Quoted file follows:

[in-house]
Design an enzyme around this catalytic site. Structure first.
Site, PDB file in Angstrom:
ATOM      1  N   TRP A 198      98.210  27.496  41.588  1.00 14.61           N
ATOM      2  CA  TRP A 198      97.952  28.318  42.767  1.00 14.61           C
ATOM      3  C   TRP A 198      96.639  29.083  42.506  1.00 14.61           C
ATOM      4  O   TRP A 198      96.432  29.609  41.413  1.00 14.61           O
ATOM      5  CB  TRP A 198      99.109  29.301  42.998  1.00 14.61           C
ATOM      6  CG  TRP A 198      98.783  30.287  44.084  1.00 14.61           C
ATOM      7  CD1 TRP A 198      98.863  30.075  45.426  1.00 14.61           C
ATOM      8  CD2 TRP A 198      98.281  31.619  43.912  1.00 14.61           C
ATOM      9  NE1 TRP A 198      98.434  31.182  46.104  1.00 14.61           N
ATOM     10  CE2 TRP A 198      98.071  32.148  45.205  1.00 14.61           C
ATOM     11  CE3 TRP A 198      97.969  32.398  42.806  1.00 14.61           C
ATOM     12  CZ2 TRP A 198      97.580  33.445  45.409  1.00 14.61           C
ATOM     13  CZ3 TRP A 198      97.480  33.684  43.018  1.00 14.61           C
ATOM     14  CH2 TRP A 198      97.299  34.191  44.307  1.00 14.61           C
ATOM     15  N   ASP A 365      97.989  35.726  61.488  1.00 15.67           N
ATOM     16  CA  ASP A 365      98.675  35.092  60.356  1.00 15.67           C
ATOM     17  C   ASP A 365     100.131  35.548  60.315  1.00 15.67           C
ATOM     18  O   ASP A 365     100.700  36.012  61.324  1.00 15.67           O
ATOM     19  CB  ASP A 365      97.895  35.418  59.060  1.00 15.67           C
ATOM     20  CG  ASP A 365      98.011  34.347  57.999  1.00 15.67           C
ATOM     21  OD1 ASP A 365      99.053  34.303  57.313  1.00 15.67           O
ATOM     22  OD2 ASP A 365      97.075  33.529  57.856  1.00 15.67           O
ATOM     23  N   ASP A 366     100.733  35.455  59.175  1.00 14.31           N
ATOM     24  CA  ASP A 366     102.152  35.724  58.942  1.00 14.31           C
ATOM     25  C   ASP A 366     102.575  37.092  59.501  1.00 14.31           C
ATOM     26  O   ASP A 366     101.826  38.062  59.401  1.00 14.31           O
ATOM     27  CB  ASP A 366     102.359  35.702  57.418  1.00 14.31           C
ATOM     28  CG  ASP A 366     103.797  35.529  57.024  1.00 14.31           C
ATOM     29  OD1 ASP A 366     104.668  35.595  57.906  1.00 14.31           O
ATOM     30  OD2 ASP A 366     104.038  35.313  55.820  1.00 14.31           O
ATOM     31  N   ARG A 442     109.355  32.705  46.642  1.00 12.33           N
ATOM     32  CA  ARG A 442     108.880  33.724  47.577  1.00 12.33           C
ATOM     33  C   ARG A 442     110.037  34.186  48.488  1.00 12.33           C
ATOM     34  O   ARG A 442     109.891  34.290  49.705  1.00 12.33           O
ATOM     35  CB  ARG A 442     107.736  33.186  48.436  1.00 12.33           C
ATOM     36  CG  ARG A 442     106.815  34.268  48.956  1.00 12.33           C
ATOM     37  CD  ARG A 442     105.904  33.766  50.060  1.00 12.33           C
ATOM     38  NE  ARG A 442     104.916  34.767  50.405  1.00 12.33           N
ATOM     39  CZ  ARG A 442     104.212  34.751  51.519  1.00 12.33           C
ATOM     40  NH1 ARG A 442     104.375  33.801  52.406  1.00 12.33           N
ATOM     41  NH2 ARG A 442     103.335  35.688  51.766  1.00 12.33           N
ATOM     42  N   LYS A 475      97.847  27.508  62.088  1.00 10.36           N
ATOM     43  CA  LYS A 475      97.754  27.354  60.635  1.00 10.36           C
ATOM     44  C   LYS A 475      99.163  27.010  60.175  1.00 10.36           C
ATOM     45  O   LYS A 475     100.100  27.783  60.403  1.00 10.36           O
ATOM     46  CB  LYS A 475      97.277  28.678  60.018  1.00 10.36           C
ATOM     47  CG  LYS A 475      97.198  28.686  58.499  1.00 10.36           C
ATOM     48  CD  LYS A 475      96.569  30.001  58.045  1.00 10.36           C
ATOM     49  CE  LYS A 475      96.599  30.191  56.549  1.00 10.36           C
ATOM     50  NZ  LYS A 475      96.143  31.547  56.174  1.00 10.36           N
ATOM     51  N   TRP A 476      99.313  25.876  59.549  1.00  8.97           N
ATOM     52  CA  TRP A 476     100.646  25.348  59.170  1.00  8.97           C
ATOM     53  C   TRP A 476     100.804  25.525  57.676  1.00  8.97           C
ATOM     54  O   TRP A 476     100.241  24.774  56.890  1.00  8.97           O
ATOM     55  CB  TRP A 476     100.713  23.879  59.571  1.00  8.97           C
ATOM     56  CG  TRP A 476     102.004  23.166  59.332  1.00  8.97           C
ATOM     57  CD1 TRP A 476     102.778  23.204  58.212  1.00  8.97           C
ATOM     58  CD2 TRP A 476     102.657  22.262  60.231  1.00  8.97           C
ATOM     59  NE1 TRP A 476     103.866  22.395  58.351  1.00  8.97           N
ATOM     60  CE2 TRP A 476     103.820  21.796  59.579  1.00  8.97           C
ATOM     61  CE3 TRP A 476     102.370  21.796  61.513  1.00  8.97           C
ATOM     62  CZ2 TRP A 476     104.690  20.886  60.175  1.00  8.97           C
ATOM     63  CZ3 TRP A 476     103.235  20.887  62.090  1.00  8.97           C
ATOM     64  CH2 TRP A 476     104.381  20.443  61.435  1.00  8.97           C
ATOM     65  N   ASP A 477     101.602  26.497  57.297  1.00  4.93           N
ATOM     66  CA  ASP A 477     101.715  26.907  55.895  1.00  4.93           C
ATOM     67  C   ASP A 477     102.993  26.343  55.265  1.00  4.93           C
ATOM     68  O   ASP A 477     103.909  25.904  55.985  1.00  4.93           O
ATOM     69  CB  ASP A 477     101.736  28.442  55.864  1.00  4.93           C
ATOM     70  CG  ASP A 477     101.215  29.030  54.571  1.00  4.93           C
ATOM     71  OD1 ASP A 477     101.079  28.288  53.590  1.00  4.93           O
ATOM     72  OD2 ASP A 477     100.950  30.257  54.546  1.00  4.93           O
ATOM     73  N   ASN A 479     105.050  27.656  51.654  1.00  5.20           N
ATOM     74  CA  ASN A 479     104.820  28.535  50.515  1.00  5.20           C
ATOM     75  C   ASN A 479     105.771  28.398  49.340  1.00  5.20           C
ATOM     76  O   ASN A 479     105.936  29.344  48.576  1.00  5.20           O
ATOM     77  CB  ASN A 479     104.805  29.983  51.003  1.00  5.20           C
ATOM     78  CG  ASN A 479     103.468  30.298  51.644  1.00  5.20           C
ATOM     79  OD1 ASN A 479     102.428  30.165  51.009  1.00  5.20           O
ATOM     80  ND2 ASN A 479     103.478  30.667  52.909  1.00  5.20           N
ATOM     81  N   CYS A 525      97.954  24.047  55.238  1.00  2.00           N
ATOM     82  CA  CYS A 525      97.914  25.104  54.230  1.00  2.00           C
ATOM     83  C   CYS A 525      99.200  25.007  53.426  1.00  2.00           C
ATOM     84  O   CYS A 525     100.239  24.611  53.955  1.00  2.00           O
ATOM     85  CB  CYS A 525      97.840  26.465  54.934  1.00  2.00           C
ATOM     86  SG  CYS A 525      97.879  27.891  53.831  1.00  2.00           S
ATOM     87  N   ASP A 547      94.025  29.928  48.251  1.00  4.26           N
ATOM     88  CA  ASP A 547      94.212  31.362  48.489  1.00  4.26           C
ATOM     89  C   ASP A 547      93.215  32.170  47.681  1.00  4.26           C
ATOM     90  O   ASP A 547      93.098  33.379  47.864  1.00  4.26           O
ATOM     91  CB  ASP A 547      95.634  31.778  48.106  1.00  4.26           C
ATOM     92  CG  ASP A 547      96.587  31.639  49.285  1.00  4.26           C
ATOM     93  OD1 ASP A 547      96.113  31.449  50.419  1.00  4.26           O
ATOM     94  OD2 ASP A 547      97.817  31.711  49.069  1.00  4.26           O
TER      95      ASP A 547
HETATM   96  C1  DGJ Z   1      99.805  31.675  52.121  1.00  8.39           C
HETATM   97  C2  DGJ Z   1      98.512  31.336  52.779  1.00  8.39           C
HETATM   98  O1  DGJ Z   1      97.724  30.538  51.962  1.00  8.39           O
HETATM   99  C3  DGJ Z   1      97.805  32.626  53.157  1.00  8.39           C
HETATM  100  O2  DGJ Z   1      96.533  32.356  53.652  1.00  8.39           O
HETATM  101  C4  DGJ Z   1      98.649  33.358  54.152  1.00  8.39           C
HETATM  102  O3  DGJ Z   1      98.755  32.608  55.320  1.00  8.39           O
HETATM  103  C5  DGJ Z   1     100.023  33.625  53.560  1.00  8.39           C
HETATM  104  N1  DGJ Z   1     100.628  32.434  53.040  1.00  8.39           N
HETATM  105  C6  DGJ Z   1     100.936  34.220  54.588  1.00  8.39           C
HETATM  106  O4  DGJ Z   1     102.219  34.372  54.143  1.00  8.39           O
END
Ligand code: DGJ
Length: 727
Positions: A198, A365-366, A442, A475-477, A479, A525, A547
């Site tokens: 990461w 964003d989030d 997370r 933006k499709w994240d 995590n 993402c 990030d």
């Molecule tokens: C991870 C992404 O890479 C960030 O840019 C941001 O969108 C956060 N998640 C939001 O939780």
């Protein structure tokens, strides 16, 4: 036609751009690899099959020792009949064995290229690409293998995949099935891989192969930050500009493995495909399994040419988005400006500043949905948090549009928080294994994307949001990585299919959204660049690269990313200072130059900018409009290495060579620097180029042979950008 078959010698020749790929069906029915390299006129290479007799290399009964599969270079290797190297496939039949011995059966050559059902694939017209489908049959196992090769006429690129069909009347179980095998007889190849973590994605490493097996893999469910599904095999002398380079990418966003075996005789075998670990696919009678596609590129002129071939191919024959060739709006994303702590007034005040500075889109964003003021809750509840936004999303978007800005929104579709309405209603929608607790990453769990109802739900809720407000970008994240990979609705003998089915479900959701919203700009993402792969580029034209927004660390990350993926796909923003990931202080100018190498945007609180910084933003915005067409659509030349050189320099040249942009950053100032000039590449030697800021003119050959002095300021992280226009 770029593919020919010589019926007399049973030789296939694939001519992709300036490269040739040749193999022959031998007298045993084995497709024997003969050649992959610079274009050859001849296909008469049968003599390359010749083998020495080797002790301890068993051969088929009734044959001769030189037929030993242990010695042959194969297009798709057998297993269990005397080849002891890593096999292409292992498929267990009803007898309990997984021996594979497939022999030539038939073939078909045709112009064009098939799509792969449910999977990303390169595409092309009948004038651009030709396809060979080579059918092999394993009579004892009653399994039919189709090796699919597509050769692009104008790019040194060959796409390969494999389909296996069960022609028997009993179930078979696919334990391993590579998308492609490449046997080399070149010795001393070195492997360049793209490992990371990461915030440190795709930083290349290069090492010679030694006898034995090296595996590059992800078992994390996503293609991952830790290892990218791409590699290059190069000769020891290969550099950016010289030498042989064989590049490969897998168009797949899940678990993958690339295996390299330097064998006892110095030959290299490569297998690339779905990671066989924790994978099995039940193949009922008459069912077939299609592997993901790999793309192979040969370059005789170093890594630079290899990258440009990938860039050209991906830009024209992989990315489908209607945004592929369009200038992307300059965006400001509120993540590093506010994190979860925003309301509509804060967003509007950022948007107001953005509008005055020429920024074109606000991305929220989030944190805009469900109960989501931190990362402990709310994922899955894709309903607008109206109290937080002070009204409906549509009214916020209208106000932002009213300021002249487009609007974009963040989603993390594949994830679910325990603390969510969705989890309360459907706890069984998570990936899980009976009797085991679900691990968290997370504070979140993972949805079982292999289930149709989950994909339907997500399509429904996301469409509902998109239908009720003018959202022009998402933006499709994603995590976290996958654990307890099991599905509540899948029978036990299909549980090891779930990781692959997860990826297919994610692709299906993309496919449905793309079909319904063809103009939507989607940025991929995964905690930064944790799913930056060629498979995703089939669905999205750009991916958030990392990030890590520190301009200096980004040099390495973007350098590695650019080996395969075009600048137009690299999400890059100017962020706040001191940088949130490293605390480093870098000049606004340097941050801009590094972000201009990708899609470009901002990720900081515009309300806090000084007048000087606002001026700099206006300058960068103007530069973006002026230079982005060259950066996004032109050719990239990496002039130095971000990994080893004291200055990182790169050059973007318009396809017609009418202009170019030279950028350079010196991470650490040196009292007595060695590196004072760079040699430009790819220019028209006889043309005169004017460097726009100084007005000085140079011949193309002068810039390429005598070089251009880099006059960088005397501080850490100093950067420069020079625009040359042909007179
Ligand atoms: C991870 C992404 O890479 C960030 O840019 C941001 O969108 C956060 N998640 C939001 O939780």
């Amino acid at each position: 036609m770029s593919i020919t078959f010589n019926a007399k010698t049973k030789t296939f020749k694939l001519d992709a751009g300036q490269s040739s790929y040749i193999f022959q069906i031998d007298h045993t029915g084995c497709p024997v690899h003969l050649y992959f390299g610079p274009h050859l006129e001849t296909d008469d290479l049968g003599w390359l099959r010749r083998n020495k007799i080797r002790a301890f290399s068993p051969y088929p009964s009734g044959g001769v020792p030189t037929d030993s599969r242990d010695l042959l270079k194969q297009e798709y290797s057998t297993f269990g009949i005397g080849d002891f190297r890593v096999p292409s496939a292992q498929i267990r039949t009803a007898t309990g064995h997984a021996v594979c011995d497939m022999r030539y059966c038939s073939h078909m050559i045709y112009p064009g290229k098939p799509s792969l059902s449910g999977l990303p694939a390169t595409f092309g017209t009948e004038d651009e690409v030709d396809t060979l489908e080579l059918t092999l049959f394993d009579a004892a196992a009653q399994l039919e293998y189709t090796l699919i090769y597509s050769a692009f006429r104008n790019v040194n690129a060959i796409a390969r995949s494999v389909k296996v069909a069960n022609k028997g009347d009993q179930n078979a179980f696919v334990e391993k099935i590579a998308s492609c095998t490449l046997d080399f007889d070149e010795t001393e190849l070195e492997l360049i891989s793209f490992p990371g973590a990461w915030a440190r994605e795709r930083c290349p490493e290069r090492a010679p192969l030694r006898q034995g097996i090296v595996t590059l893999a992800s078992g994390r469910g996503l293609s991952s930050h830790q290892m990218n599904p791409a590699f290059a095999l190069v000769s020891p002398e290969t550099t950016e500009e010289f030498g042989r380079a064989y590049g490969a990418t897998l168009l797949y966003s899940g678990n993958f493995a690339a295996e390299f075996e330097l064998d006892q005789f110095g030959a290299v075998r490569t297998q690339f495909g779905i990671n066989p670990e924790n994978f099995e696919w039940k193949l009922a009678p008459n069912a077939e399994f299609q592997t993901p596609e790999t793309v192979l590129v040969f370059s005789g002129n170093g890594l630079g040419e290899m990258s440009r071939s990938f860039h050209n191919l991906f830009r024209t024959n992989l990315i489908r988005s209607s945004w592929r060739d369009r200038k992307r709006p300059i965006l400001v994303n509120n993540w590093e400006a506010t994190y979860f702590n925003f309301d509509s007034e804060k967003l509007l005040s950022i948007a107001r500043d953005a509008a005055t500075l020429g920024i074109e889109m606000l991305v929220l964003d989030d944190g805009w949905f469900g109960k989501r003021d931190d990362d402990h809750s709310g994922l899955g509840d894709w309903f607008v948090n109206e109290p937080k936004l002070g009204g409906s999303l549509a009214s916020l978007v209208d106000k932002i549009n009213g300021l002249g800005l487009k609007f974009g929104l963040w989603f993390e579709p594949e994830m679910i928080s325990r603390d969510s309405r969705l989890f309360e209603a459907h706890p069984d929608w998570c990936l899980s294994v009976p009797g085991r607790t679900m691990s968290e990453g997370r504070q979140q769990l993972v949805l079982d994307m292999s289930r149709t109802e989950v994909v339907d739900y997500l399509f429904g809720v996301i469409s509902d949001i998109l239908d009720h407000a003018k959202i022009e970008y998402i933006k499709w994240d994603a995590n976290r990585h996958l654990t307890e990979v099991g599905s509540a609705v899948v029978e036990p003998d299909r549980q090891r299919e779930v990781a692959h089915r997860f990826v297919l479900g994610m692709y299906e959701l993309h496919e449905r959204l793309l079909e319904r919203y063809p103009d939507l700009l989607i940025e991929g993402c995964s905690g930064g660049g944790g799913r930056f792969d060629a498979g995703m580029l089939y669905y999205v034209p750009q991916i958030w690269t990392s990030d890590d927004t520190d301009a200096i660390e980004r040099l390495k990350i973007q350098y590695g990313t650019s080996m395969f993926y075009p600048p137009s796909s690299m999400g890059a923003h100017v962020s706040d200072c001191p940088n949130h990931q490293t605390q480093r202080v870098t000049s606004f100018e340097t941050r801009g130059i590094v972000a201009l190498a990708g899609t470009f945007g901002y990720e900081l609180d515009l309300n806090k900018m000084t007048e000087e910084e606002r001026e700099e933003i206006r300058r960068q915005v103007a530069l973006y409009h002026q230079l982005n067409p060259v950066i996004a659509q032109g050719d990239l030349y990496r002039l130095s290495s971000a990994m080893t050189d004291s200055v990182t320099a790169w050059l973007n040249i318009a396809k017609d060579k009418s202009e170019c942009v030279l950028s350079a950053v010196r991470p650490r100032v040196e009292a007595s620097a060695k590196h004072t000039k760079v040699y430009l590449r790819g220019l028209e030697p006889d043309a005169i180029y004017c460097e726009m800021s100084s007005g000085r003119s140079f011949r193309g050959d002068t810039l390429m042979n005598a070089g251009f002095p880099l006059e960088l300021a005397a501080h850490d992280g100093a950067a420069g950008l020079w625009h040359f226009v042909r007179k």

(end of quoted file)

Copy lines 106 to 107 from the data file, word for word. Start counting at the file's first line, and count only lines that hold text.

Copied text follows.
HETATM  103  C5  DGJ Z   1     100.023  33.625  53.560  1.00  8.39           C
HETATM  104  N1  DGJ Z   1     100.628  32.434  53.040  1.00  8.39           N